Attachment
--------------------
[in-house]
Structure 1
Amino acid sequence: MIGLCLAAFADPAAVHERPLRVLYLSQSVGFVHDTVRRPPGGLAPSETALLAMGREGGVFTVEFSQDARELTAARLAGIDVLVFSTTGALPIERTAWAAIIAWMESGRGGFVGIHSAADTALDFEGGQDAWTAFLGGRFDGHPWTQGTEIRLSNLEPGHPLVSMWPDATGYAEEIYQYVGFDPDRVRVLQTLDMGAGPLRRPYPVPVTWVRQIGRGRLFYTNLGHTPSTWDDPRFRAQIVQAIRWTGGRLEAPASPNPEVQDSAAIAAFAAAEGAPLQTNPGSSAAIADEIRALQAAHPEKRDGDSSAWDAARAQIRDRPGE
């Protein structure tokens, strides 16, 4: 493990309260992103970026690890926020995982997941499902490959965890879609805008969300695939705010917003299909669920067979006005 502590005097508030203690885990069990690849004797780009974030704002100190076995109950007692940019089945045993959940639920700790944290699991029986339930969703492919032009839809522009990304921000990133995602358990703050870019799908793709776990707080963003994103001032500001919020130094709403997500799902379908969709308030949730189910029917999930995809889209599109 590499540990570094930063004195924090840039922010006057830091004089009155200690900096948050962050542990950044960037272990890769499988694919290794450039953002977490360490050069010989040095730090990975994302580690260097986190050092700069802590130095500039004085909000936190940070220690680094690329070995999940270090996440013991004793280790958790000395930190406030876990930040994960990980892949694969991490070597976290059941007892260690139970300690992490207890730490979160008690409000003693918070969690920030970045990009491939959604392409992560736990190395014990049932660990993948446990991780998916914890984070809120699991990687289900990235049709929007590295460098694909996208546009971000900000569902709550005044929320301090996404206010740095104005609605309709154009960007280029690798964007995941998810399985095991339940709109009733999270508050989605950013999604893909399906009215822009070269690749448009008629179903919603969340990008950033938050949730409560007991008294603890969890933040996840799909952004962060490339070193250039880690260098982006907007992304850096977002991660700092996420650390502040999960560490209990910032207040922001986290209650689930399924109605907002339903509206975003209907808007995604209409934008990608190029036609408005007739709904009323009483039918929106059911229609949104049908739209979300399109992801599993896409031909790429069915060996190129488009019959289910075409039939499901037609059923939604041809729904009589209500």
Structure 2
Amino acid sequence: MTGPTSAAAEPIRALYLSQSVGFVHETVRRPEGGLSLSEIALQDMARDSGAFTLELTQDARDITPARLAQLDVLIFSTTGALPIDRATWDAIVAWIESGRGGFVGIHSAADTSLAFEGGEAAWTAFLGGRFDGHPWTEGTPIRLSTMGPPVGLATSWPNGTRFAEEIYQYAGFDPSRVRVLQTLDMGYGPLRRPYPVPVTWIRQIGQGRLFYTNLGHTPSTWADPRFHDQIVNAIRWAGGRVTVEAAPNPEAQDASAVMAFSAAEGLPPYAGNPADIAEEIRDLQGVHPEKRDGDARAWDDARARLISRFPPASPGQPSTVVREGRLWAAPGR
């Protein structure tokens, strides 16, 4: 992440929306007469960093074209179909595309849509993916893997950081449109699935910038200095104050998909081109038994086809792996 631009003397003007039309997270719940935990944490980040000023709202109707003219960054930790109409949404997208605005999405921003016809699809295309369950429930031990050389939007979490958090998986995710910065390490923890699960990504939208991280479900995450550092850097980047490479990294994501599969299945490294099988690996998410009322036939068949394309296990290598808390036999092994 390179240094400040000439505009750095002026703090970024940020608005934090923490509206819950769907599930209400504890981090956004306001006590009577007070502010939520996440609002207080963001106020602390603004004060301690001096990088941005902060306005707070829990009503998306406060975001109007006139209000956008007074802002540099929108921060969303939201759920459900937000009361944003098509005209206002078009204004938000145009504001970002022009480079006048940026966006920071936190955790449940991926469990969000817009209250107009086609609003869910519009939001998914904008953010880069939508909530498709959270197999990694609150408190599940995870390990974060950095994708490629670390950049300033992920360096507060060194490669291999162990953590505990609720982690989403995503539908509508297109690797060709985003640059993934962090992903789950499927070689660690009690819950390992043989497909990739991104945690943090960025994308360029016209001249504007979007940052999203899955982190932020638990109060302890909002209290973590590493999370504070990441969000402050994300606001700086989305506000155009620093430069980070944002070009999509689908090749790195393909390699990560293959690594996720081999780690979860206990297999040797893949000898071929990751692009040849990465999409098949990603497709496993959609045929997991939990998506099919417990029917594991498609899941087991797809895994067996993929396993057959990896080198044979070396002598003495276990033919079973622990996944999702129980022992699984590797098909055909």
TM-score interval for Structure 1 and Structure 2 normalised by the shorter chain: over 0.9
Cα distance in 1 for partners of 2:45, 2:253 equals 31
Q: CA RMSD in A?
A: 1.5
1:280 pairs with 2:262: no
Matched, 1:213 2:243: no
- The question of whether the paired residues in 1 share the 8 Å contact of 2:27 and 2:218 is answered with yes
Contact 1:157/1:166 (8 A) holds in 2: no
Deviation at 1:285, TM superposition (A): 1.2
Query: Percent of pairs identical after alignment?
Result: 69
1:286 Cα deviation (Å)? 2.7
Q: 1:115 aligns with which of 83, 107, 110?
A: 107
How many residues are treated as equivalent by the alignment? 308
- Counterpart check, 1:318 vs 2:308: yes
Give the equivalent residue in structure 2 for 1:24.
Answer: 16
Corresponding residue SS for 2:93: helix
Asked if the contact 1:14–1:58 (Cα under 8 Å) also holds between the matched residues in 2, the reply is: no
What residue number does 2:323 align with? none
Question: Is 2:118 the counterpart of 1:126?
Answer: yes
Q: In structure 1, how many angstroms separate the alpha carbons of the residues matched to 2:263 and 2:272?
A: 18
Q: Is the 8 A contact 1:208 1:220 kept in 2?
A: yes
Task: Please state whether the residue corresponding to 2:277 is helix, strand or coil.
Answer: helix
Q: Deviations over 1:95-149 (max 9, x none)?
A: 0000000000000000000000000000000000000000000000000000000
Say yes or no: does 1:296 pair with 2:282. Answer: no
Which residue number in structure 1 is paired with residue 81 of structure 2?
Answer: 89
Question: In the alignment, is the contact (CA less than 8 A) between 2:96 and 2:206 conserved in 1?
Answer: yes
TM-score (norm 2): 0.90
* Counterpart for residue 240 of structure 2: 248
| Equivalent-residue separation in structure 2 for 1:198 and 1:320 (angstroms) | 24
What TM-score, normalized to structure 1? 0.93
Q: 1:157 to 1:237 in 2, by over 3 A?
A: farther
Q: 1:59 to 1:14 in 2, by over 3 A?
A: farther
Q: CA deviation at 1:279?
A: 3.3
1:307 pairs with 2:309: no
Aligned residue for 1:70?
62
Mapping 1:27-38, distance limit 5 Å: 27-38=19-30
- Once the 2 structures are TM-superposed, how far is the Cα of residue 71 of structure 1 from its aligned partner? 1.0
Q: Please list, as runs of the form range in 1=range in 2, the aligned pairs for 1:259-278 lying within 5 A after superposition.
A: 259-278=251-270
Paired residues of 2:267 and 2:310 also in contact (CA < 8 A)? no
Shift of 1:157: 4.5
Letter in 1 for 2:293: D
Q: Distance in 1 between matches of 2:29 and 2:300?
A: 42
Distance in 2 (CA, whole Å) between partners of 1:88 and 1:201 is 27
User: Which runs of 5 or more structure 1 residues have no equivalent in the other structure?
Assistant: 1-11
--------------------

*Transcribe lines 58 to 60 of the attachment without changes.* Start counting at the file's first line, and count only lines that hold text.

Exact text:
- Once the 2 structures are TM-superposed, how far is the Cα of residue 71 of structure 1 from its aligned partner? 1.0
Q: Please list, as runs of the form range in 1=range in 2, the aligned pairs for 1:259-278 lying within 5 A after superposition.
A: 259-278=251-270